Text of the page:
Feeling reckless, I took a day or two off work to visit the Burghley Horse Trials, one of the premier contests in Britain. Not for a rest, for it is exhausting – all that socialising, shopping and concentrating. For the horse world is a small world and amongst the thousands of people that attend there are always dozens that you know, chat to, have a coffee and a sandwich with ……
A walk around the cross country course is always exciting: working out how you would approach the jumps, most of which are huge and difficult, talking with the competitors and admiring the thought and work that goes into creating the course. I should say that my riding skills are nowhere good enough (nor my courage level high enough) to compete but my partner has in the past and jumped into the dreaded “leaf pit”. The photograph of it below hardly does justice to the 4ft drop into the pit – the horse takes off just to the right of the guy, then immediately tackles either one of the two smaller jumps and then gallops off down the course. It is quite nerve wracking to watch, especially if it’s your partner doing it! If I was on my horse, Barney, I would be another 7ft higher still – it makes me feel quite ill just thinking about it!
The water jumps are always a popular place so I visit them before the competition starts. People congregate here, not to see the jump carved to look like a duck, but in the hope of seeing the riders fall and get a good ducking!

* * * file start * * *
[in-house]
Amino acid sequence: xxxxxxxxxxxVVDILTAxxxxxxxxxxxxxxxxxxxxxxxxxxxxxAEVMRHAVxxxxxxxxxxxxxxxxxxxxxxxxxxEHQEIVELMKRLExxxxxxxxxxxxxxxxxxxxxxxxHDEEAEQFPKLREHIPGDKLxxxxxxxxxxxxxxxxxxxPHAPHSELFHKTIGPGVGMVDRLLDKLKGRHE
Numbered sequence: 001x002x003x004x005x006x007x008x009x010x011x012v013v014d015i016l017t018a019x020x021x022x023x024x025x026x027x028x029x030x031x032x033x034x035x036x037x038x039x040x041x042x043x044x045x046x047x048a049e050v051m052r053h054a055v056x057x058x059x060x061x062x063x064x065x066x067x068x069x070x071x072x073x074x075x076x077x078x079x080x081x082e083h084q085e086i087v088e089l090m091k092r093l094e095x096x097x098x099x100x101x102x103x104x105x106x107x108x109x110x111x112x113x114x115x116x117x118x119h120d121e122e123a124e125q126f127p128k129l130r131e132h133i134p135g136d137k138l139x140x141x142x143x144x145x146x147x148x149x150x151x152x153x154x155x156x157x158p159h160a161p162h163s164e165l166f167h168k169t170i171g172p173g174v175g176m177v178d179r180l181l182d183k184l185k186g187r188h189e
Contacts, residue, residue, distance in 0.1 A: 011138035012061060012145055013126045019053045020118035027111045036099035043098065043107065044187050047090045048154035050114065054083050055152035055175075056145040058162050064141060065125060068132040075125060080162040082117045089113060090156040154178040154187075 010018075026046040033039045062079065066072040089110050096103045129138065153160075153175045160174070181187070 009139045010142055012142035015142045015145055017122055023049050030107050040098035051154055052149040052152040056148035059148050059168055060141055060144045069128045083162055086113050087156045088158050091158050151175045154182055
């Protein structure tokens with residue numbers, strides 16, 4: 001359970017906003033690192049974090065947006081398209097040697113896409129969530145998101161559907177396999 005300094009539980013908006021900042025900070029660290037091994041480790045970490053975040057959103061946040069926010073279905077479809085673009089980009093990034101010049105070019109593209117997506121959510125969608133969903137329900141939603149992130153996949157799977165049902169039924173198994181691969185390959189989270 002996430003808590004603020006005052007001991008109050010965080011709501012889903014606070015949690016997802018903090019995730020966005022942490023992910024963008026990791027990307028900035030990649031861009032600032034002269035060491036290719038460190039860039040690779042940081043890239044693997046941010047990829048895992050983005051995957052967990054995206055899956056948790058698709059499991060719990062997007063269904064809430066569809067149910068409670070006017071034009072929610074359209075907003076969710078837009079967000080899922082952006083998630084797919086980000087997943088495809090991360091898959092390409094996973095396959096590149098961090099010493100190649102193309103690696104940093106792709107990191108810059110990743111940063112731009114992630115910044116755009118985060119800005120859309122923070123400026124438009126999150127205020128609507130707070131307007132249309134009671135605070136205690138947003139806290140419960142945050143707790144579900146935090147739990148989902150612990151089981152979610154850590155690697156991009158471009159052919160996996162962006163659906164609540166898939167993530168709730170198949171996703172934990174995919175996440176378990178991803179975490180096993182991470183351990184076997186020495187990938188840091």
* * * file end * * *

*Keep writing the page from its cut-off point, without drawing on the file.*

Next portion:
A crowd of over 140,000 watch the eighty or so horses compete over four days – the guy with the best view is certainly the television cameraman – I always watch most of it on the giant screens that are strategically placed around the grounds. There is always a place, ‘though, where you can get a clear view of the jumps and, if the crowds get too much, a quiet place under the magnificent sweet chesnut avenues.
Burghley House is a magnificent Elizabethan building built – and virtually unaltered – in the sixteenth century and set in hundreds of acres of parkland. With over 80 major rooms, gardens and the park, it is well worth a visit. Although still privately owned (by the same family since being built) it is open to the public throughout the summer months.
Great excitement! She-Dog has met her husband! The potentially lucky lad may ‘marry’ her around Christmas and, with luck, we will become proud parents in the spring of 2010. Burghley is a good place for romance too – watch this space!
Wonderful Post. Were you riding in the event?
Burghley House is wonderful! Oh to be able to tour it!!He-Dog is fantastic!
Thanks Jim & LynnS. My riding skills are no way good enough to compete – I limit myself to riding around the farm at home. That way if I want to jump a fence or a ditch I can but without an audience to see me fall off! My partner, who used to compete at Burghley and elsewhere, is now retired from competition riding (dare I say too old!!).I do get involved with helping at these events which is why I can get right up to the jumps when, generally, you are asked to keep off.Burghley House is so beautiful, I love it. Johnson
Burghley House is truly magnificent, but having just pre-paid my winter heating bill, I doubt I would want something quite so large.:)
Very interesting Johnson! I'd be a coward too but I'd love to watch (and cringe).What an awesome house. Wouldn't that be something to look through? Can't imagine the expense to keep it going though.Great post!
Thanks Sue & Jeannie for the comments. I doubt if I could afford to heat one room!
Johnson, your new son-in-law is quite a handsome lad and I would like to propose a toast to the happy couple. I guess that this will make you a grandfather! (when the time comes).Deborah
Lol! I guess it will, Deborah